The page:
Federal fire crews today expect to take control of the 7-square-mile wildfire blaze that may have claimed two lives and destroyed 28 homes in the mountains southwest of Denver.
(AP Photo/David Zalubowski)
Federal fire crews are planning to take the offensive in containing a 7-square-mile blaze that may have claimed two lives and destroyed dozens of homes in the mountains southwest of Denver.
Firefighters are hoping to start containing at least part of a mountain wildfire that forced hundreds of residents to flee, damaged 28 homes and may have caused the deaths of two people.
Investigators on Tuesday were trying to determine whether a controlled burn designed to minimize wildfire risk reignited and became a stubborn mountain wildfire.
Federal agencies dispatched two large air tankers to tackle the blaze that resulted in mandatory evacuations of 900 homes south of the commuter town of Conifer, about 8,200 feet up in the Rockies foothills and 25 miles southwest of downtown Denver.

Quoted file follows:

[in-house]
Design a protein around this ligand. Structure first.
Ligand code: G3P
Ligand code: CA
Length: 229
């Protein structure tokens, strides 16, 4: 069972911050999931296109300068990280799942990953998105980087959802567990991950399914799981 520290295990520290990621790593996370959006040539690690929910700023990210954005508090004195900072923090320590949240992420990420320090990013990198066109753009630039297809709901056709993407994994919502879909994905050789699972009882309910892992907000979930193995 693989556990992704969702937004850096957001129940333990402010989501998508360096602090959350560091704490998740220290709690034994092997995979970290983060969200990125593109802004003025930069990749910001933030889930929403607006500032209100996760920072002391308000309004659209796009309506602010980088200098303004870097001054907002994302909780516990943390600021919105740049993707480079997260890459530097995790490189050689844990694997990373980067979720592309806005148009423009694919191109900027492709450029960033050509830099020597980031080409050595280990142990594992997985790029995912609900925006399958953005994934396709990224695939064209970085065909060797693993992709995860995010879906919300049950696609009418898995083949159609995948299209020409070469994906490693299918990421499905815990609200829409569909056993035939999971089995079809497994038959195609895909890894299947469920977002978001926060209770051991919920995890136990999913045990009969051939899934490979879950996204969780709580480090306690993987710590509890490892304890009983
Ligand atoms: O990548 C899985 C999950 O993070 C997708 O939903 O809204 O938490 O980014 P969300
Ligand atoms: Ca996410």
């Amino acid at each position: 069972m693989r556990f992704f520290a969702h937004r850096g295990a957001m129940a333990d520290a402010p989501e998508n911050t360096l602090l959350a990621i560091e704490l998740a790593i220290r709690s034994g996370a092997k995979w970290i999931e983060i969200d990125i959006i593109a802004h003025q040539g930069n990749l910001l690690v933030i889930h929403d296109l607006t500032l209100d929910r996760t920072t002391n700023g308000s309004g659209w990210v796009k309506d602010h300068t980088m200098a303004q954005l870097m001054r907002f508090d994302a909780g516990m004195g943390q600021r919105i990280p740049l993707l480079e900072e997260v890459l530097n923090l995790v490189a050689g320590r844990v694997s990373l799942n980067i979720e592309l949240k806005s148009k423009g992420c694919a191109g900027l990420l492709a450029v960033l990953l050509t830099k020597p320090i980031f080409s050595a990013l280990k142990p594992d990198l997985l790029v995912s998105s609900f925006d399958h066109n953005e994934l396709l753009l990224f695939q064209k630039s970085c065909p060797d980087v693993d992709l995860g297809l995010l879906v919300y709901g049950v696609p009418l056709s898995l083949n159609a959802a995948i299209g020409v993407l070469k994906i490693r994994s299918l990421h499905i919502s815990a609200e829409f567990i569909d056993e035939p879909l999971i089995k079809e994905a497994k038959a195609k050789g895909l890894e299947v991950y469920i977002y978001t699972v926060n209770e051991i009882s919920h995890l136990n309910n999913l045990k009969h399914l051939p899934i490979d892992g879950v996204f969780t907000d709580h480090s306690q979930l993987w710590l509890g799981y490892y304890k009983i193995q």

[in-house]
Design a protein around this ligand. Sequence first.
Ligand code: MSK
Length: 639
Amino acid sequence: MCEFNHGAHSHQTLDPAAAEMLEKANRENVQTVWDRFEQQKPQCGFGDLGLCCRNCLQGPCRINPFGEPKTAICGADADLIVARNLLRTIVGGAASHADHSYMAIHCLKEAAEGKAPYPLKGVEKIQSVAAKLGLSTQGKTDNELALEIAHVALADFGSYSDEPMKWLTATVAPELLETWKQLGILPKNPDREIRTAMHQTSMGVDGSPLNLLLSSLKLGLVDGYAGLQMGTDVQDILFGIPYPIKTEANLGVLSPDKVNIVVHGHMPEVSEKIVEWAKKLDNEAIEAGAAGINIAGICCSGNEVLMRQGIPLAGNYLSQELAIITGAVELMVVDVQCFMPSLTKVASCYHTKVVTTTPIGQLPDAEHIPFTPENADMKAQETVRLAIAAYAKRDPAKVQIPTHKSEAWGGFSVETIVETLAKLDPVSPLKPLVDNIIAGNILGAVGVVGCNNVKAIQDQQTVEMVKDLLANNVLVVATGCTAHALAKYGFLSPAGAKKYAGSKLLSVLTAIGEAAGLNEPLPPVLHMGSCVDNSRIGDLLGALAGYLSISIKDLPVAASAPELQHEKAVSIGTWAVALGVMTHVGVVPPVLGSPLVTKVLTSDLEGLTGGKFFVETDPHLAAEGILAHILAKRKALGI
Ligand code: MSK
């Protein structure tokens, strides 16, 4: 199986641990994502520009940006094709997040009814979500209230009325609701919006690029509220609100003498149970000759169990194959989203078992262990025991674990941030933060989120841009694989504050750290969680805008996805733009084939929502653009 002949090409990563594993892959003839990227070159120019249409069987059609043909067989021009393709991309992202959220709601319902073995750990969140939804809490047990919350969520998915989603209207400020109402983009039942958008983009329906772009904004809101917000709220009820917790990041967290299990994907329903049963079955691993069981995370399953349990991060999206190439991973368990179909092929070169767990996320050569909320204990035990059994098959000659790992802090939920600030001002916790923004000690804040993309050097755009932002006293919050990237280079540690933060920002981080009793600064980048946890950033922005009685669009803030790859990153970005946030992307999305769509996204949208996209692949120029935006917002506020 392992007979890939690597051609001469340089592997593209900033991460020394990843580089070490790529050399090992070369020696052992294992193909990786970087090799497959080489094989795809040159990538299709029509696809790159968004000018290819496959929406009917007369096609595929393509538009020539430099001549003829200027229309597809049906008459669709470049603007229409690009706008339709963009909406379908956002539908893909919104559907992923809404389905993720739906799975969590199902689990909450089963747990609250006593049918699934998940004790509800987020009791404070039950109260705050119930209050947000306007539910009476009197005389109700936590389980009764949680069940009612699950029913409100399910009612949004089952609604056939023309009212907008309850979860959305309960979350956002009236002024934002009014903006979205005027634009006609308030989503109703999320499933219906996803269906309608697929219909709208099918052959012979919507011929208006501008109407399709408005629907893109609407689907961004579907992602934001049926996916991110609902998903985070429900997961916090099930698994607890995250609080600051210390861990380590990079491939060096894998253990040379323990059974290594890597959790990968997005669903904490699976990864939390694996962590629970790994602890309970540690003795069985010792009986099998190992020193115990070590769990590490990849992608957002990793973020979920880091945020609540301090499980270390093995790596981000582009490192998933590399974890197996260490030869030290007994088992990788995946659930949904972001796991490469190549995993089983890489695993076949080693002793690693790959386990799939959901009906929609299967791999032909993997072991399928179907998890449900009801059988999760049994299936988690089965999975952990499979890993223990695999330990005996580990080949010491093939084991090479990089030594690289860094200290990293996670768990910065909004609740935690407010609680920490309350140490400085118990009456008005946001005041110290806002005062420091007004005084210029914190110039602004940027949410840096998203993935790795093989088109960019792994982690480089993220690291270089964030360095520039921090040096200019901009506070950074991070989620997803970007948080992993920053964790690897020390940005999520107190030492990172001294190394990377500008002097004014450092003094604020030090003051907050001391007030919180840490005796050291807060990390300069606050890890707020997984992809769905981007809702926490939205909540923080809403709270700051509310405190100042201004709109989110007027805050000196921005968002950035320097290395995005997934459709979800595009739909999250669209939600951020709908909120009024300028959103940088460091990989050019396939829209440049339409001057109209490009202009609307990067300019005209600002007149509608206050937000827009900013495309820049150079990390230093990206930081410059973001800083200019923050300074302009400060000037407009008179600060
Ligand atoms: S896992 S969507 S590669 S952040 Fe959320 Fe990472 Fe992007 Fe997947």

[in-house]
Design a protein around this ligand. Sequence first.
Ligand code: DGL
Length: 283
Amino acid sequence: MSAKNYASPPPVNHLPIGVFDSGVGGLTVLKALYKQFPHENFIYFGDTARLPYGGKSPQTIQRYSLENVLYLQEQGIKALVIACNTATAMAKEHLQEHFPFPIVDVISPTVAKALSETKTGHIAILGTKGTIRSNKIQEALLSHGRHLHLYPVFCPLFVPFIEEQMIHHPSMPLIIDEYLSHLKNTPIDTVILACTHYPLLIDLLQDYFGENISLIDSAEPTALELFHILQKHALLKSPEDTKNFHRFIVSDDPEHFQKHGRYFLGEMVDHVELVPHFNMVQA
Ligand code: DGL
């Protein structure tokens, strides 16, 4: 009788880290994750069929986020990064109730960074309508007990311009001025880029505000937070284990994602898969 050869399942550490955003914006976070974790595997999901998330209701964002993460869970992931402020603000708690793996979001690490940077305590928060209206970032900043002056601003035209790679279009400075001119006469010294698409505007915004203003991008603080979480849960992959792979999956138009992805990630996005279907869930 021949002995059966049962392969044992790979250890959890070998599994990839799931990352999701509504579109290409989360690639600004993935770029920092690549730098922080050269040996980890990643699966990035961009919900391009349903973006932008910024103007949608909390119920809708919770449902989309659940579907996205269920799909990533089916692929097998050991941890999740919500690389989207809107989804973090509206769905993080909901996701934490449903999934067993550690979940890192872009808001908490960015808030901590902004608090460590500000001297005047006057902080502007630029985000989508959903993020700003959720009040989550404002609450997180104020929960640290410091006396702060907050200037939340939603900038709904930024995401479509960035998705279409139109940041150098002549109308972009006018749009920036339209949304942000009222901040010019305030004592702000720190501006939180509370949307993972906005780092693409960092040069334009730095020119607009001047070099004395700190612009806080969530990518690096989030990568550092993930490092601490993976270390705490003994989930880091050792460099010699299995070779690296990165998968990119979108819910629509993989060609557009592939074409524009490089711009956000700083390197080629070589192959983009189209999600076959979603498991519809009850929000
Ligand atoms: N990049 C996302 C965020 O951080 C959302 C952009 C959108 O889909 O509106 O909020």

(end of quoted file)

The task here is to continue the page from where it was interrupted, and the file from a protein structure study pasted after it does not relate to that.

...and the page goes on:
The fire consumed grass, brush and some Ponderosa Pine tree canopies. Winds were 20 mph to 30 mph before calming late Tuesday.
Denver's tightly populated southwestern suburbs were not threatened.
Jefferson County sheriff's spokeswoman Jacki Kelley said the wildfire may have sprung from a controlled burn. The Colorado State Forest Service did conduct a 35-acre burn in the region on Thursday — on land belonging to Denver's water authority — said forest service spokesman Ryan Lockwood. By destroying shrubs and woods in a controlled burn, there should be less material to fuel a wildfire.
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